Can a producer sell their Cottage Foods product(s) at multiple locations and events, even if they occur on the same day and at the same time?
Yes. A producer or their designated representative can sell and deliver the product directly to an informed end consumer.

Can Cottage Foods be sold on the Internet?
Yes, internet sales are allowed.  The mechanism of direct product delivery can be determined between the producer and the informed end consumer as long as it does not involve interstate commerce.

Can I make my cottage foods for a catered event?
No. The Cottage Foods Act requires that product be sold by the producer or their designated representative directly to the informed end consumer. 
Can a retail food establishment (restaurant, mobile unit, grocery store, etc.) sell Cottage Foods?
No. Since these products are not from a licensed, inspected and regulated facility, they are not considered approved sources and therefore not allowed for sale in these types of establishments.

Can Cottage Foods be sold out of a store front or via consignment?
The law requires that Cottage Foods be sold directly to an informed end consumer from the producer or their designated representative. The store and its employees would need to function as the designated representative.

Net revenue allowance
If I produce muffins, does the Act allow me to earn up to $10,000 for each type (blueberry, banana, chocolate chip)?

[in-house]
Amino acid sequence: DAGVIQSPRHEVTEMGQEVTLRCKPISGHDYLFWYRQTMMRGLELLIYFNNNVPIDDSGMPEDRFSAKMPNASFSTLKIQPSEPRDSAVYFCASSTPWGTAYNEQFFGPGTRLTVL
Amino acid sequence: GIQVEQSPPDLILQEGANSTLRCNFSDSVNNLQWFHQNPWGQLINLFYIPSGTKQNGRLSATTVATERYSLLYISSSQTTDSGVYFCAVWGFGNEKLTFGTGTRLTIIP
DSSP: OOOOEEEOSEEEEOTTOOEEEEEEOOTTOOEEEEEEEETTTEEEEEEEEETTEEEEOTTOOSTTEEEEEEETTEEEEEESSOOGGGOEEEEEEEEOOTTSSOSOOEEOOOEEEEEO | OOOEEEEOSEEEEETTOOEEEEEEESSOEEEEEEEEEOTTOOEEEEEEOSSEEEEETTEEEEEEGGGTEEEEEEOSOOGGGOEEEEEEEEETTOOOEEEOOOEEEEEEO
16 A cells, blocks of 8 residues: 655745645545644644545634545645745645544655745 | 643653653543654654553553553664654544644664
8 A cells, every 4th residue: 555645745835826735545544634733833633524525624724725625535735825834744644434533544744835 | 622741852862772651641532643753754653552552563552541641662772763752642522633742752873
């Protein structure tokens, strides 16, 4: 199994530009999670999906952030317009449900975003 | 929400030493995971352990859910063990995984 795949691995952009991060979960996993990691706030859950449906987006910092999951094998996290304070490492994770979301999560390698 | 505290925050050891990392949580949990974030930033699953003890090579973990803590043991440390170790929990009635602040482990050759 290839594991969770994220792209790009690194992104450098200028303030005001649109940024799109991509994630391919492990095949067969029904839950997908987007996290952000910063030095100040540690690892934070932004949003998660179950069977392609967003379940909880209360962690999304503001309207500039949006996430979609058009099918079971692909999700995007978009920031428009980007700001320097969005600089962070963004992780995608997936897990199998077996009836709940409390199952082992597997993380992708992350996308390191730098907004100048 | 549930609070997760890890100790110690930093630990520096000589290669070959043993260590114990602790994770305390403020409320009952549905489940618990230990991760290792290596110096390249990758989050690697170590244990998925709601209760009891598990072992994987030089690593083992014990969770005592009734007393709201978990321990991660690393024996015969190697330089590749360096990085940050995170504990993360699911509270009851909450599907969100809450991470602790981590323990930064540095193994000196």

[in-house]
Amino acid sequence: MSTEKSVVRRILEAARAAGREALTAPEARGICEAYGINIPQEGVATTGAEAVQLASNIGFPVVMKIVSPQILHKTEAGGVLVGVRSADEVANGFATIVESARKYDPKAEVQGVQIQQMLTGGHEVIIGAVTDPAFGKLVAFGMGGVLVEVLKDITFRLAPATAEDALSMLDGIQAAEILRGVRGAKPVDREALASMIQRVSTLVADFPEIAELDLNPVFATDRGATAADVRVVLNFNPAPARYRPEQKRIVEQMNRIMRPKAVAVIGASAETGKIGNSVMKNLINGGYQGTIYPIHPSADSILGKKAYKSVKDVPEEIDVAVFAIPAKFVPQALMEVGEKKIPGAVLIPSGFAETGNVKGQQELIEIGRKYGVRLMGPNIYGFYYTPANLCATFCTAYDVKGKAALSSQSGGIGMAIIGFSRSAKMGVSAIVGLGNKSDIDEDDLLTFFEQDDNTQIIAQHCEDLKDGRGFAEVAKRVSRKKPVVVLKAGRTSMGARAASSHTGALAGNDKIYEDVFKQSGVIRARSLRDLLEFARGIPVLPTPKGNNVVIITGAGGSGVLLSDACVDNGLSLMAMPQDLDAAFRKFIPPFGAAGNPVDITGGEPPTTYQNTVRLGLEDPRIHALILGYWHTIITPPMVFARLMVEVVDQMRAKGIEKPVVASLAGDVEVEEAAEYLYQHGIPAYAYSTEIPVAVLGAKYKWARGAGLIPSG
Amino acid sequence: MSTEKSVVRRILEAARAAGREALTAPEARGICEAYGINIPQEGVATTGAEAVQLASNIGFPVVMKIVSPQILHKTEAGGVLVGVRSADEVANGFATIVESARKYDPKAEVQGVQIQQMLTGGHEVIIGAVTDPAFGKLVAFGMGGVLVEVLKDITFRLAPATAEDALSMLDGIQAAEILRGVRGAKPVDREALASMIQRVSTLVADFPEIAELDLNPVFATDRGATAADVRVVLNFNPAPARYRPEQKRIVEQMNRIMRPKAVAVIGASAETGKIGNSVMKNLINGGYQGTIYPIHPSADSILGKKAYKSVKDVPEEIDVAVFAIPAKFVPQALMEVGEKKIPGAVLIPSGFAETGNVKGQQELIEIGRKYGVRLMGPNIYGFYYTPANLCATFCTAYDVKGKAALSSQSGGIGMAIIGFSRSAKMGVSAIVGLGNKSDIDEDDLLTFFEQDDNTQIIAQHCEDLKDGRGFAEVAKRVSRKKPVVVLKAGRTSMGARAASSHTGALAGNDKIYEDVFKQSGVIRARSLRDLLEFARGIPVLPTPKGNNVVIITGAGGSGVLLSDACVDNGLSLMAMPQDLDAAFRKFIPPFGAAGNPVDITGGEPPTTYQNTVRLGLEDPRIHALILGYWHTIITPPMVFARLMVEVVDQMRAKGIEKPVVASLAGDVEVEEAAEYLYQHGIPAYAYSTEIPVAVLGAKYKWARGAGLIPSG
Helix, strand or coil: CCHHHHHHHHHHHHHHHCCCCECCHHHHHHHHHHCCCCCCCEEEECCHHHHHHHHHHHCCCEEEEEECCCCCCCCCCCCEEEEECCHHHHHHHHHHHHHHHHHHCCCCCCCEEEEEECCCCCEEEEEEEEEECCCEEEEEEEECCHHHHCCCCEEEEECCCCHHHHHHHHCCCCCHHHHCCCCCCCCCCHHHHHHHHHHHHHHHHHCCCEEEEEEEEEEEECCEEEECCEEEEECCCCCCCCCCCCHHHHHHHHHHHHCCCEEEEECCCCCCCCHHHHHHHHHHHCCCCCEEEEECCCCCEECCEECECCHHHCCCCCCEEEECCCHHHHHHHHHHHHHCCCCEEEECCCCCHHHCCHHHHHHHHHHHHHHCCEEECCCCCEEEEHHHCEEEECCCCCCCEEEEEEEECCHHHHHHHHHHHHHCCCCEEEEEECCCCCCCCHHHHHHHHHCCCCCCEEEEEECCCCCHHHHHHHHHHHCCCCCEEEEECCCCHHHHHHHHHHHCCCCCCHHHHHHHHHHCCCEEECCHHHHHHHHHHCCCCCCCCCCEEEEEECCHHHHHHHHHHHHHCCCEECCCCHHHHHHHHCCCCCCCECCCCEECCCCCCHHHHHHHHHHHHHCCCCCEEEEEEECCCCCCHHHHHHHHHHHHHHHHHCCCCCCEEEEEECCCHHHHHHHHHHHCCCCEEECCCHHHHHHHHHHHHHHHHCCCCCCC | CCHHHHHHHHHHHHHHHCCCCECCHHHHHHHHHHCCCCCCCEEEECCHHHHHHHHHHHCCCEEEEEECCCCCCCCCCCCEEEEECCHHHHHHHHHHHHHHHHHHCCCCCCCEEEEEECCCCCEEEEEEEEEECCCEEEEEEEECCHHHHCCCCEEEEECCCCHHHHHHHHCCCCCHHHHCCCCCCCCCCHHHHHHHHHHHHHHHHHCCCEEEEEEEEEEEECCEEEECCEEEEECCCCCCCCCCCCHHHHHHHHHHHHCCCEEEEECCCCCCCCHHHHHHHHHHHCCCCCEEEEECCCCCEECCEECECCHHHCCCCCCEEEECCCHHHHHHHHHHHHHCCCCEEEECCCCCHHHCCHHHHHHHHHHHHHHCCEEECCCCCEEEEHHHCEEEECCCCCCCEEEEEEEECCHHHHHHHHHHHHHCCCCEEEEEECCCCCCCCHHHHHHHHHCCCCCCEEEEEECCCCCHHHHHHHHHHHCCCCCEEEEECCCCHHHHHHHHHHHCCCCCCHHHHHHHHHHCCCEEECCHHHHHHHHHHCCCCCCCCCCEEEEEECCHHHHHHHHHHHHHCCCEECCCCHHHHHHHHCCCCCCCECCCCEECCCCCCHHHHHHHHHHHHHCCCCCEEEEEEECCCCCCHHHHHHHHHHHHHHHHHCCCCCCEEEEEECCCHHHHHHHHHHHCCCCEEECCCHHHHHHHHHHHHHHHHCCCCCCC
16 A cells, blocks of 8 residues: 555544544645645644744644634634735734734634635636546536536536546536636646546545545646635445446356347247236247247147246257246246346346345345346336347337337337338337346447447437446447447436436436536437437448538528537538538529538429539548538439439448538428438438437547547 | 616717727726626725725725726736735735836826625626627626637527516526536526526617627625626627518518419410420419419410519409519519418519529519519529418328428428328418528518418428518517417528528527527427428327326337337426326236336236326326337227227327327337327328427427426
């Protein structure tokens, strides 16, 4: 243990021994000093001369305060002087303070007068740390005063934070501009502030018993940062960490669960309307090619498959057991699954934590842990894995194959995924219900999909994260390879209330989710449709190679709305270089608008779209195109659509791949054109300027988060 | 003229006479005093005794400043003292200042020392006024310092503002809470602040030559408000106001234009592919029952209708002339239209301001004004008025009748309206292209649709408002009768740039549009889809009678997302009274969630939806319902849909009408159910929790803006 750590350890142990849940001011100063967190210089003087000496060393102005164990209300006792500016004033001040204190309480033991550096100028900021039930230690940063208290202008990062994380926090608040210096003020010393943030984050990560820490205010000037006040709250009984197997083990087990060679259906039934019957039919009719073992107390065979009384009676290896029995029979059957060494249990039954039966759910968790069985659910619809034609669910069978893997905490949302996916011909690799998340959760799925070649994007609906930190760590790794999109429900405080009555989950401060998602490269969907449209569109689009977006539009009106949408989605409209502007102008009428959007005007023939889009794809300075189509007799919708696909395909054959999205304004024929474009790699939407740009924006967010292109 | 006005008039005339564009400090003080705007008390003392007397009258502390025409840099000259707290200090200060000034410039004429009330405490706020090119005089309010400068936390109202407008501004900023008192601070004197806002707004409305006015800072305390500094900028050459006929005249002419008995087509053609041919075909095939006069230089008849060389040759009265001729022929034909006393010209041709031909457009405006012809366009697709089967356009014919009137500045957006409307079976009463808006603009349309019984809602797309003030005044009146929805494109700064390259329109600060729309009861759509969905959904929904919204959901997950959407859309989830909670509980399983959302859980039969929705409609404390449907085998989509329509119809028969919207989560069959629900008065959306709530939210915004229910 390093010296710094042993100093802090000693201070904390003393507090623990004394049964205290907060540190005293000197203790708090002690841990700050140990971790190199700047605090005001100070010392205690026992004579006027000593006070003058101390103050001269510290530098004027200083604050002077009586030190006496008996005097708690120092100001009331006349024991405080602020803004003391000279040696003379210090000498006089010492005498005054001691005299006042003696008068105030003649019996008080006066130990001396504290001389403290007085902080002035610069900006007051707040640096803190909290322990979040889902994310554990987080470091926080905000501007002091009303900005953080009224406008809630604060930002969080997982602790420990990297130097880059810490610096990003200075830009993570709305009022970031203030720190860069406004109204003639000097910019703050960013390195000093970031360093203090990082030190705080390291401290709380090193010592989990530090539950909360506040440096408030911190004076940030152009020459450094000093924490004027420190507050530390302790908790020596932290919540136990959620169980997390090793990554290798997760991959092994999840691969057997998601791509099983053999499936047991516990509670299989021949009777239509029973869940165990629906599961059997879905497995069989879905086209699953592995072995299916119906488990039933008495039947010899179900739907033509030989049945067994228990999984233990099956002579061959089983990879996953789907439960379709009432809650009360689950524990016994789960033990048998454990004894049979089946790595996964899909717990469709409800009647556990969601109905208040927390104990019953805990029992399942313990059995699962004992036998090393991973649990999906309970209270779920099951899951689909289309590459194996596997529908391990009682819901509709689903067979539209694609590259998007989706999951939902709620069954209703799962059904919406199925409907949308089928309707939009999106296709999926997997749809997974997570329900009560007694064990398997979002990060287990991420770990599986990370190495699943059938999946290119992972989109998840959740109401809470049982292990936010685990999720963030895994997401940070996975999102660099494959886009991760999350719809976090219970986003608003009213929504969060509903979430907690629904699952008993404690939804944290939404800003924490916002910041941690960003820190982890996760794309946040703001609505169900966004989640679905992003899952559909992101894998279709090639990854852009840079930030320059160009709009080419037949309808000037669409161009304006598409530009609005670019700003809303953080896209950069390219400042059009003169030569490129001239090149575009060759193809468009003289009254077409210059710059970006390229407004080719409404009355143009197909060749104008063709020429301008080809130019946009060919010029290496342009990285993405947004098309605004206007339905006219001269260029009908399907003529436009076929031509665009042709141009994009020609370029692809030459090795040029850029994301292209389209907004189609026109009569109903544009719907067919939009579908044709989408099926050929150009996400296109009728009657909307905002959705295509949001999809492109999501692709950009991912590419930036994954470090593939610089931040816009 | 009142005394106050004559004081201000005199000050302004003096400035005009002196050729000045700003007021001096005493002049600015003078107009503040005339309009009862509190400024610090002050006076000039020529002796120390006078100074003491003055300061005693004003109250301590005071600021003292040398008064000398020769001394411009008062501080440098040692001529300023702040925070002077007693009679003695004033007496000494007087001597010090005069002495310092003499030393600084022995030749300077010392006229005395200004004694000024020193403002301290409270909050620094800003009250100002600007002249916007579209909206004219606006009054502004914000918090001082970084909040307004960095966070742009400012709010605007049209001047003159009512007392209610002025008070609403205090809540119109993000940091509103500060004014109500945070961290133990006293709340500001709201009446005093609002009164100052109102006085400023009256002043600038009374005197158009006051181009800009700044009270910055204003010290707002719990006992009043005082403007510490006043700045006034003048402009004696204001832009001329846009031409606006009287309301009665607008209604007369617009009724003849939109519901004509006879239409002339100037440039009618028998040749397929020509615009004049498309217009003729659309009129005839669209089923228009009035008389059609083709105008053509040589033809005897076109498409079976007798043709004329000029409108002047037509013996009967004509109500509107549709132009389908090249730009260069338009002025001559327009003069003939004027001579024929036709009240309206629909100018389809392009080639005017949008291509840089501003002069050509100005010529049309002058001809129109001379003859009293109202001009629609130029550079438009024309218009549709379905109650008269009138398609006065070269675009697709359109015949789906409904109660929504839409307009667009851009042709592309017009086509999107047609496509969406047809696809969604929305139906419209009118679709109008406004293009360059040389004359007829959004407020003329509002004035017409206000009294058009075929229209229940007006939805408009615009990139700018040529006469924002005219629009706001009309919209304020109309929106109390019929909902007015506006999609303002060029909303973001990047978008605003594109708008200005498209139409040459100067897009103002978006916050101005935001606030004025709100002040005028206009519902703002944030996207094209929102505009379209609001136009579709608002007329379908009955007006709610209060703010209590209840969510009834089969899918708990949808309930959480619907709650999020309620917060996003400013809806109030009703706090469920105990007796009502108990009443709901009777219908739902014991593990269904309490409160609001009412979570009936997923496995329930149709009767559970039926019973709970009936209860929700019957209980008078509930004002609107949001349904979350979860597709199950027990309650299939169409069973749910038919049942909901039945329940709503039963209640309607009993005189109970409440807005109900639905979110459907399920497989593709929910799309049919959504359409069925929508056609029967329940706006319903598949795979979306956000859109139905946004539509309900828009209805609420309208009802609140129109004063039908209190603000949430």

We recommend seeking advice from a qualified accountant or tax professional.

Where can I find information about my Colorado tax obligations and business license requirements for my cottage foods business?

Your cottage food business is subject to income and sales tax, and in some locations you may need to get additional licenses or pay additional taxes.
You can visit the following Department of Revenue pages for more information.

Instructions and forms:

  • Register your new business at mybiz.colorado.gov.
  • File your Colorado Retail Sales Tax Return for free at colorado.gov/revenueonline.
  • Read the instructions to find out if you need to only apply for a Special Event Tax on the DR 0589 Sales Tax Special Event Application. If so, you will file the DR 0098 Special Event Tax Return.
  • Check tax rates, exemptions, and contact information for home-rule jurisdictions on the publication DR 1002 Colorado Sales/Use Tax Rates.


Colorado Department of Revenue Call Center.

Monday-Friday, 8:00 a.m. - 4:30 p.m. 303-238-7378.

Find a walk-in Taxpayer Service Center. Locations include Denver, Fort Collins, Colorado Springs, Pueblo, and Grand Junction.

Where can I find additional tax resources?

Applicable statutes can be found in Colorado Revised Statutes:
39-26-707.1 - Articles & Containers RE: Food Products
39-26-103(6) - Licenses - fee - revocation - definition
39-21-113 - Reports and Returns